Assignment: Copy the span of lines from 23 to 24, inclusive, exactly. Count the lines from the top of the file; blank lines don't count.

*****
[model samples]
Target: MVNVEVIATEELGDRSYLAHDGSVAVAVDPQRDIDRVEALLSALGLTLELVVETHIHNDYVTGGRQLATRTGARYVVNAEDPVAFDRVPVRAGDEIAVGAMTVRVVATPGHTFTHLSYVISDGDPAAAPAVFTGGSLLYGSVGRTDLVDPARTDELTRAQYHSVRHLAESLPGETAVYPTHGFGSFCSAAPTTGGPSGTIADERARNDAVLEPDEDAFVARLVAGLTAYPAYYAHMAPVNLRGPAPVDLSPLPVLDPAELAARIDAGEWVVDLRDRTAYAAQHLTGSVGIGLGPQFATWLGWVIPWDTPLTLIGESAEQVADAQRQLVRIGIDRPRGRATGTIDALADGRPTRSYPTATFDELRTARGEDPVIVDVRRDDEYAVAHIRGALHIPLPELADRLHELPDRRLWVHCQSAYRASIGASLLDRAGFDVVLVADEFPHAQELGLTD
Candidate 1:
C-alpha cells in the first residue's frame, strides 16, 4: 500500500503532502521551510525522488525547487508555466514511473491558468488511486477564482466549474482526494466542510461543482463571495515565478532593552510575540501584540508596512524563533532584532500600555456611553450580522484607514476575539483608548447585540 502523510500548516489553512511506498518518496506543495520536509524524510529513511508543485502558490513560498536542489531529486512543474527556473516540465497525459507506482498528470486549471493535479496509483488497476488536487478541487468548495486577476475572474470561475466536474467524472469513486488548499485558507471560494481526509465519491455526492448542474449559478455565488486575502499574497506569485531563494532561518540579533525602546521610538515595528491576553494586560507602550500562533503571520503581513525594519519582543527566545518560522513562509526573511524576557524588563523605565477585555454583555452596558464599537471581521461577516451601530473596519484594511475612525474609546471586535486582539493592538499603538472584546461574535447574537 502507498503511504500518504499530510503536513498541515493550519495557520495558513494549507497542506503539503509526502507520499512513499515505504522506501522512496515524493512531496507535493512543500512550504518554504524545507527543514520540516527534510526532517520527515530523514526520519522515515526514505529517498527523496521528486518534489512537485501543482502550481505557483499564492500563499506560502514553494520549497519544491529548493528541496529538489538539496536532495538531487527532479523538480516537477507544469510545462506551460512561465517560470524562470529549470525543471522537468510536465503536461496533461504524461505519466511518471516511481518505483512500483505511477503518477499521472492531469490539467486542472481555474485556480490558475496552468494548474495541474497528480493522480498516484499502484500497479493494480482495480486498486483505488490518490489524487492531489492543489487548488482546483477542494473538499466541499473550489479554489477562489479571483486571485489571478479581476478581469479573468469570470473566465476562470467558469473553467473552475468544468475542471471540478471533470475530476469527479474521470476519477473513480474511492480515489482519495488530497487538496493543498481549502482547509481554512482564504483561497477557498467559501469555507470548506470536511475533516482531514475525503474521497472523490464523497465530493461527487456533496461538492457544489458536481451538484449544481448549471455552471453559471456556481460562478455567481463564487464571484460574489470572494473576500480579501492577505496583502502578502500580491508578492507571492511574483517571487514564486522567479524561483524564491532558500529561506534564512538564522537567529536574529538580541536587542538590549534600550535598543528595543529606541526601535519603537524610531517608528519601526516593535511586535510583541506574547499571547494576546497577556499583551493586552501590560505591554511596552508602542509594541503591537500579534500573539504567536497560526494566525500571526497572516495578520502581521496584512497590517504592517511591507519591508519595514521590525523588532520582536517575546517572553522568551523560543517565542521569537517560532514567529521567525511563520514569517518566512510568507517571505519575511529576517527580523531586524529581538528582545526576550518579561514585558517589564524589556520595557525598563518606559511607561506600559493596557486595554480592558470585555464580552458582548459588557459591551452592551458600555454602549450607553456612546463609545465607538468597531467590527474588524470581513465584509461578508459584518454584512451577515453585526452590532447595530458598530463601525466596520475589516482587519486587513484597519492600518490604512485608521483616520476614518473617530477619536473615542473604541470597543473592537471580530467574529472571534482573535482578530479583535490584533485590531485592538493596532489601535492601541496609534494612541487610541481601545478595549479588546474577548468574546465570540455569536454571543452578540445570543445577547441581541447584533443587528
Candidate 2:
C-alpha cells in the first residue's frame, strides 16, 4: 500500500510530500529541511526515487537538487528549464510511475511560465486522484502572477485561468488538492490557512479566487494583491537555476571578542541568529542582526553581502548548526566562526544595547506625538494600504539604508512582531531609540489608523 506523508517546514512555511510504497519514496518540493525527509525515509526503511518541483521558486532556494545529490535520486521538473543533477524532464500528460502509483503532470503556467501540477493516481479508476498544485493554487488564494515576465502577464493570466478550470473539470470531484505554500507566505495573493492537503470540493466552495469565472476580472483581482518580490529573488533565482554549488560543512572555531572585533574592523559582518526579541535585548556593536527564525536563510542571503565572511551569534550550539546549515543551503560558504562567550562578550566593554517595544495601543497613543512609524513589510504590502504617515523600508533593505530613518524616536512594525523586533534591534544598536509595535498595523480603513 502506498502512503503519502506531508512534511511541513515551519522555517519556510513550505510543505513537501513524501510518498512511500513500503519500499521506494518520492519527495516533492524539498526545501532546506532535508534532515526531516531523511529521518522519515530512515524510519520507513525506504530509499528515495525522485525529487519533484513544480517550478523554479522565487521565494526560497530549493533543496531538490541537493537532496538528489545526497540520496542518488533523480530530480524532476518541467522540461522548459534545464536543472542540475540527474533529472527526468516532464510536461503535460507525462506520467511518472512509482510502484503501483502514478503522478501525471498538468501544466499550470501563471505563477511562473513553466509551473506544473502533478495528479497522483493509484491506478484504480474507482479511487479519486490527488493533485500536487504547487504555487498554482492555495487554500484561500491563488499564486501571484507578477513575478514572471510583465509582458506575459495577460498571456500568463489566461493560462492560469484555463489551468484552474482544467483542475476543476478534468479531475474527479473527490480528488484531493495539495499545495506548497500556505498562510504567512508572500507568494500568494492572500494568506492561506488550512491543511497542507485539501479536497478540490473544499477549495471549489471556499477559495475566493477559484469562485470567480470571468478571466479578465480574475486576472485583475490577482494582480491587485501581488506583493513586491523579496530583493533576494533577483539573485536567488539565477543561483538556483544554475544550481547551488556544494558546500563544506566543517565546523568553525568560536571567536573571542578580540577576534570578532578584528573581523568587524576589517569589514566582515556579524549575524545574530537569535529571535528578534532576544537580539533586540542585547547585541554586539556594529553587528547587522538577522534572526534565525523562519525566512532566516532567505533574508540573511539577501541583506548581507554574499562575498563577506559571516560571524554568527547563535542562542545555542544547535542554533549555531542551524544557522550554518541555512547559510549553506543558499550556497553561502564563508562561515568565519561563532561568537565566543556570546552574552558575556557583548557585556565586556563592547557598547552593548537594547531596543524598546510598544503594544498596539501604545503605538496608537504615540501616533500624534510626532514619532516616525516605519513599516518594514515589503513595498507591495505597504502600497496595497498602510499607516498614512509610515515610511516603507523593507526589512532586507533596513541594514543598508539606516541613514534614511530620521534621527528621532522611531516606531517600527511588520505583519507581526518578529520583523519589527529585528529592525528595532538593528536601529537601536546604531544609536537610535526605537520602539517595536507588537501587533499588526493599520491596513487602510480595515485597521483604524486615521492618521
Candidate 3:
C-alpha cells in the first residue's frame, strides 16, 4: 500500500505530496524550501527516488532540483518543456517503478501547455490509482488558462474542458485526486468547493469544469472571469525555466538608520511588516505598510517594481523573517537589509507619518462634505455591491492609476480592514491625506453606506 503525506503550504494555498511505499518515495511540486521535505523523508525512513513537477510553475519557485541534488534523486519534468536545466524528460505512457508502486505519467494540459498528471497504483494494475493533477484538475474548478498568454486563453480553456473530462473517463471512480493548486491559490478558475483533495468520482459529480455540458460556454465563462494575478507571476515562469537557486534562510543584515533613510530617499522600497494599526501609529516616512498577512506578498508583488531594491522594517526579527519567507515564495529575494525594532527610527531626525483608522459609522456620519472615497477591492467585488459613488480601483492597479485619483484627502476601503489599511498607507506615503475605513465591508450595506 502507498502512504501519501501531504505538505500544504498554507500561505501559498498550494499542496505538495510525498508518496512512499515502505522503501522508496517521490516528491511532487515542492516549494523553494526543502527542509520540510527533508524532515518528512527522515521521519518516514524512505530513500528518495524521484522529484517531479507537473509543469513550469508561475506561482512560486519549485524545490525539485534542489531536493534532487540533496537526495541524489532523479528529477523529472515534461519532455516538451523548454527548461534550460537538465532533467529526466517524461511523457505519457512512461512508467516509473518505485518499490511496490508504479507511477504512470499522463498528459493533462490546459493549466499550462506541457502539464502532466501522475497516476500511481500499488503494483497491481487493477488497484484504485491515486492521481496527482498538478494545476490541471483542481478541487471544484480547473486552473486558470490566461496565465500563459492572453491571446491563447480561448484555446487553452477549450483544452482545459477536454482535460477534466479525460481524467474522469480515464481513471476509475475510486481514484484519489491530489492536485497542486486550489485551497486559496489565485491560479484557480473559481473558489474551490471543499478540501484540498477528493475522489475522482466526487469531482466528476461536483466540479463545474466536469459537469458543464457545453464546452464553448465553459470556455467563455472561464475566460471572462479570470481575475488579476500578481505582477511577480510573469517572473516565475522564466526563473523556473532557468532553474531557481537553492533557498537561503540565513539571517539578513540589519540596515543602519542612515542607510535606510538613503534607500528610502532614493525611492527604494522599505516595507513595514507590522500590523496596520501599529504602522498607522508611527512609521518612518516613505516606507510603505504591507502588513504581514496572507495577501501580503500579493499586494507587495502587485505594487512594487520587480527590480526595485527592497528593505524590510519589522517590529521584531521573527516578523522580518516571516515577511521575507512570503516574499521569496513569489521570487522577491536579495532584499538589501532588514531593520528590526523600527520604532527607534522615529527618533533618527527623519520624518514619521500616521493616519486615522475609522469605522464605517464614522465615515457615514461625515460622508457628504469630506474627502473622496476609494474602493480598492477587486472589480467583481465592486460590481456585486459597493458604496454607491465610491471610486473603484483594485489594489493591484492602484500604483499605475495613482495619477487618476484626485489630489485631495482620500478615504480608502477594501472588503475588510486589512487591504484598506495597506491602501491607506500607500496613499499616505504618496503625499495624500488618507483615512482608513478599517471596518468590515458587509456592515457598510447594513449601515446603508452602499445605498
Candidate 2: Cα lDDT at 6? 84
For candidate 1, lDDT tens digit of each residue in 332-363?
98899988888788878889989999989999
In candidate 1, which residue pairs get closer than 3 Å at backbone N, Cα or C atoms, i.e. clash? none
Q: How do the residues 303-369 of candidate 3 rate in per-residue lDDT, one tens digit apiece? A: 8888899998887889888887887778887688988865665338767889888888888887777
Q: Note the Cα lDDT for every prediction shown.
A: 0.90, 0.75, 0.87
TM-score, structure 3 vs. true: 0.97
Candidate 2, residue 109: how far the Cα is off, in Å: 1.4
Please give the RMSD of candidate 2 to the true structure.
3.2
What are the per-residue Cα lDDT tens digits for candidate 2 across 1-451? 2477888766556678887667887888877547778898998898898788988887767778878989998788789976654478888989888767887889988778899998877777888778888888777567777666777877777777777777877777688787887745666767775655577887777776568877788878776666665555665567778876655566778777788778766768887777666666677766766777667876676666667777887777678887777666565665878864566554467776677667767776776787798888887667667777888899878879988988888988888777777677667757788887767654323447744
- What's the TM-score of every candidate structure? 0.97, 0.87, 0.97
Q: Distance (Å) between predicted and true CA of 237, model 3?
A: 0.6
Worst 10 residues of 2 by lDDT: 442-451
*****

A: 0.6
Worst 10 residues of 2 by lDDT: 442-451